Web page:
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How to Fix the HTTP 302 Error Without Impacting Your SEO

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Hypertext Transfer Protocol (HTTP) is responsible for all the interactions happening in the background when you browse from one website to another on your web browser.

Whenever you access a website, your browser sends a request to the host server to let you view the web content.

But, when the web page appears blank on your site, it shows some HTTP error, stopping you from viewing the content.

There are several HTTP errors that you might encounter while browsing online due to different reasons.

One of the most common HTTP errors from development is the 302 redirect code.

It is a harmless error that website owners impose to redirect traffic when a website is under maintenance.

It ensures traffic or search engine crawlers never bounce away from your site when you are working on it.

But, sometimes, a 302 error appears to users despite website owners’ knowledge due to HTTP status code complexity.

And that’s a big harm to your SEO score.

If your website is also showing the unexpected 302 error, don’t panic.

This tutorial has every piece of information to fix 302 status codes. So, let’s begin.

What is a 302 Error Code?

The 302 error is a redirection message that appears when a user tries to load a page moved to a new location.

It happens due to web server troubles, so it does not directly impact the user experience, as redirecting is an automatic process.

Let’s take an example to understand this HTTP error better.

Suppose www.bloggingtips.com is under maintenance, and all its content is temporarily moved to www.bloggingtips101.com.

In that case, 302 redirects visitors and search engine crawlers to the new location to maintain SEO value.

Is 302 an Error?

It is a debatable question.

However, the HTTP 302 status code helps website owners retain traffic and SEO values when making major site changes.

From this perspective, it is not an error but a way to redirect your traffic temporarily.

But, when unexpected HTTP status code issues show 302 errors, that is a problem.

So, it depends on the situation—whether 302 is an error.

If you are redesigning, A/B testing, or running a promotional campaign on your site, 302 is not an error.

But, when browsers and servers miscommunicate, it is an error.

What Are the Causes Behind the HTTP 302 Status Code?

Many reasons can contribute to the HTTP 302 error, such as:

  • Your website settings are misconfigured.
  • Some third-party plugins are leading to page redirects.
  • A redirect is taking your visitors to the wrong location.
  • Incorrect URL settings.
  • Some issues on your web host provider’s end.

How Do I Stop a 302 Error on My Site? (7 Easy Methods)

Before panicking and outsourcing development fixes, take a calming breath and try these 7 methods to fix the HTTP 302 redirect errors:

Method 1. Ensure the Redirects Are Valid

As I mentioned, 302 responses are sometimes correct. For instance, an eCommerce store setting 302 redirects on out-of-stock product pages is not an error.

It is only an issue when a website responds with an unexpected error or causes a redirect loop.

Thus, ensure URLs generating 302 codes are valid.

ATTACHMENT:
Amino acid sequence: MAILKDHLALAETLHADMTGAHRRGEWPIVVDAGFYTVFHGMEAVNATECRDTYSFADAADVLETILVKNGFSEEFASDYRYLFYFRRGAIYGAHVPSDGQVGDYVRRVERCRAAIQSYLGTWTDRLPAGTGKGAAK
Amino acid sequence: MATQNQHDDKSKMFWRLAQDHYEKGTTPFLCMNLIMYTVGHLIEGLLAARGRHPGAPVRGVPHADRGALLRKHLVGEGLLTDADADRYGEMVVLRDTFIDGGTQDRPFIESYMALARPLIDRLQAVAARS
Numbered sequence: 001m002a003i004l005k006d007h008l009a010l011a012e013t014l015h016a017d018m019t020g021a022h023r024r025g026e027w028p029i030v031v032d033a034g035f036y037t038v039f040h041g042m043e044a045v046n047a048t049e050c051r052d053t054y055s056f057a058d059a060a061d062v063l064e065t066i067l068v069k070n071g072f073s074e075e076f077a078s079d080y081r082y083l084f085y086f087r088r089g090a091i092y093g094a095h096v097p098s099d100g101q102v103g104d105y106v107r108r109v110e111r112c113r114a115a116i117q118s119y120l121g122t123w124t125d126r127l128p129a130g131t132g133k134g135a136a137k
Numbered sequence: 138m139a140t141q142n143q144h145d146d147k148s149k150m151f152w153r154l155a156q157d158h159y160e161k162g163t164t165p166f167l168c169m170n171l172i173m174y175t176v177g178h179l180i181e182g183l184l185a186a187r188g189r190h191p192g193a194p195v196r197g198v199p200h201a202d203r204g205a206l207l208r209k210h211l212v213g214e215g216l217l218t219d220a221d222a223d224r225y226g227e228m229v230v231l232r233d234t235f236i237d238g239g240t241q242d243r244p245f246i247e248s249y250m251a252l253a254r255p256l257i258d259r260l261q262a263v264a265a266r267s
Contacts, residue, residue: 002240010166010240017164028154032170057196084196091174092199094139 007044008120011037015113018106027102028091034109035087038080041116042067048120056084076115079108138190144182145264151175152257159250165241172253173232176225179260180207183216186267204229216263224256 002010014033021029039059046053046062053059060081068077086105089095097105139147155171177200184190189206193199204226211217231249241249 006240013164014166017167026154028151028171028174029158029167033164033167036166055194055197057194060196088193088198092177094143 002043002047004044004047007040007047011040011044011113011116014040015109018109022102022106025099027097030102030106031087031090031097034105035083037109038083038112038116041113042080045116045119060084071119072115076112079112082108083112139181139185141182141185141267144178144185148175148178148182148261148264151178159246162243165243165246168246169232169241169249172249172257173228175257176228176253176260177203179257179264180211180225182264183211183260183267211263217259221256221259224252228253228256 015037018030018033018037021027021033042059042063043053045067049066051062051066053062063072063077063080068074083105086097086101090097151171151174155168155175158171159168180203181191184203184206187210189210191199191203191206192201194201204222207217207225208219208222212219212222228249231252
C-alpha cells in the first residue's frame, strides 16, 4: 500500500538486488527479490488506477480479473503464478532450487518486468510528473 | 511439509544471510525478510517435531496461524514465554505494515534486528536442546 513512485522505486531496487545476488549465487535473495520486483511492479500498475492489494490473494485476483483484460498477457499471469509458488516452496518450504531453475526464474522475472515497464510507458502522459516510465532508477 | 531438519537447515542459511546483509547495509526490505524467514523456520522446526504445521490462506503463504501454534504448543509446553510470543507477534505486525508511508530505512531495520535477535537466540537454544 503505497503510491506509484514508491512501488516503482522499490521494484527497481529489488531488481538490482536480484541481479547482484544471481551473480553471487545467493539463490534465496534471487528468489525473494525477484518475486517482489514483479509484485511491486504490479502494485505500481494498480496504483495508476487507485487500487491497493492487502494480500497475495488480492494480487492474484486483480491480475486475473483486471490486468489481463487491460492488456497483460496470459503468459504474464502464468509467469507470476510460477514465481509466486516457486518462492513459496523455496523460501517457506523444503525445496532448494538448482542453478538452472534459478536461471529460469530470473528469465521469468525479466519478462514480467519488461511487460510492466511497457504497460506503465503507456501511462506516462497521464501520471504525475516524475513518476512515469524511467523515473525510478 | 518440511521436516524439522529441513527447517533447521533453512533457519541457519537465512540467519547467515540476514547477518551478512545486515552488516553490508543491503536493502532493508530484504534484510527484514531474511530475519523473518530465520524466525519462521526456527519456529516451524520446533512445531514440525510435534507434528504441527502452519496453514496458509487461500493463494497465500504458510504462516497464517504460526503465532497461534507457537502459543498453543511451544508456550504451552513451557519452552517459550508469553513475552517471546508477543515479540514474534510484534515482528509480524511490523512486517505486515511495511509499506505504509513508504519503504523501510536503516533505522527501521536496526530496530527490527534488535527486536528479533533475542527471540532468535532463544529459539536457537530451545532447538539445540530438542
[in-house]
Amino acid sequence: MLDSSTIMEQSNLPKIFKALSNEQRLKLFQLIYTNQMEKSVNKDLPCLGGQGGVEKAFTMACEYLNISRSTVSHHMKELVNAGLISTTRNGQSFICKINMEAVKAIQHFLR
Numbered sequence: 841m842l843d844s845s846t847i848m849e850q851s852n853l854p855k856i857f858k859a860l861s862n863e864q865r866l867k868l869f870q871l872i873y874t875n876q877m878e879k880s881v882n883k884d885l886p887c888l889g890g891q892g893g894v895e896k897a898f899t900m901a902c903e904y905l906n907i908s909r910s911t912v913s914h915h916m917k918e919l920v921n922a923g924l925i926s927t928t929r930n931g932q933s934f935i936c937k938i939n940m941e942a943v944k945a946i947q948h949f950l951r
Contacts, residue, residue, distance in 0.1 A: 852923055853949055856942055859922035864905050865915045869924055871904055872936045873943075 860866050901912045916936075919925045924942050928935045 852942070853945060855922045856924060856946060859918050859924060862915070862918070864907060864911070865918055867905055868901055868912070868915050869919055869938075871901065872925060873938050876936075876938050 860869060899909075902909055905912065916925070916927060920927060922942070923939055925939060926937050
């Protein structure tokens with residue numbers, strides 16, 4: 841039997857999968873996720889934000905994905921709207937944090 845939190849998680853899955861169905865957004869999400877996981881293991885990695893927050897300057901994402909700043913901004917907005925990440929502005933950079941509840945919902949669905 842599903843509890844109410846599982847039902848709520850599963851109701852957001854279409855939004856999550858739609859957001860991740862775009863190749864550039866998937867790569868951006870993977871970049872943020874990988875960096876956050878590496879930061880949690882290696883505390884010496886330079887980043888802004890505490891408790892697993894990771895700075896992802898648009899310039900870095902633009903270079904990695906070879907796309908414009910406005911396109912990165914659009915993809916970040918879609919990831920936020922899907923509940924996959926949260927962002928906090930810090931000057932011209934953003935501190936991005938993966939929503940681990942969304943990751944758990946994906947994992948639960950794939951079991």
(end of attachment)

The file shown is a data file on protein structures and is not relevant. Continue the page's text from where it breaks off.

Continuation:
For that, visit all the suspicious pages on your site with the 302 redirects to see if they behave as you want.

If an URL takes you to the wrong location or your browser responds with an ERR_TOO_MANY_REDIRECTS error page, it means your concerns are genuine.  

To fix the error, follow the solutions mentioned ahead.

Method 2. Restore Your Website from a Backup

Creating a full website backup is always the smart move before making any changes to your site.

If you have made some changes to the site’s server settings lately or malware has attacked it, leading to the redirect loop, your backup can be a savior.

You can restore your website to a stable and healthy state before the all-HTTP error fiasco.

To do so, you can use WordPress backup plugins for hassle-free site restoration.

Otherwise, you can use the FTP client or your hPanel dashboard. Then, navigate to Files > Backups.

restore website files

The screen will now show all backups you have created on the server.

If you use WordPress CMS, you must restore your site files and the MySQL database.

To restore your website files, go to the Files backups and look for the files you wish to restore.

For example, if you want to restore your entire site, select the public_html folder and restore it.

After that, look for the Database backups and select/restore the database.

restore database

Remember, the restoration process can vary from server host to host.

So, check with your web host service provider before restoring your site from the server.

Method 3. Configure Server Settings

On many occasions, misconfigured server settings can lead to 302 redirect errors.

Thus, examine your server configuration next.

Before moving further, check which webserver your host uses—Apache or Nginx because the processes to configure both servers are different.

Let’s first see how Apache webserver users can configure settings:

Step 1. Log in to your host account and look for the cPanel. You can use an FTP client to access your server.

Step 2. After that, go to your site’s root directory. You can find it in the same location as the wp-content and wp-admin folders. Here look for the .htaccess file.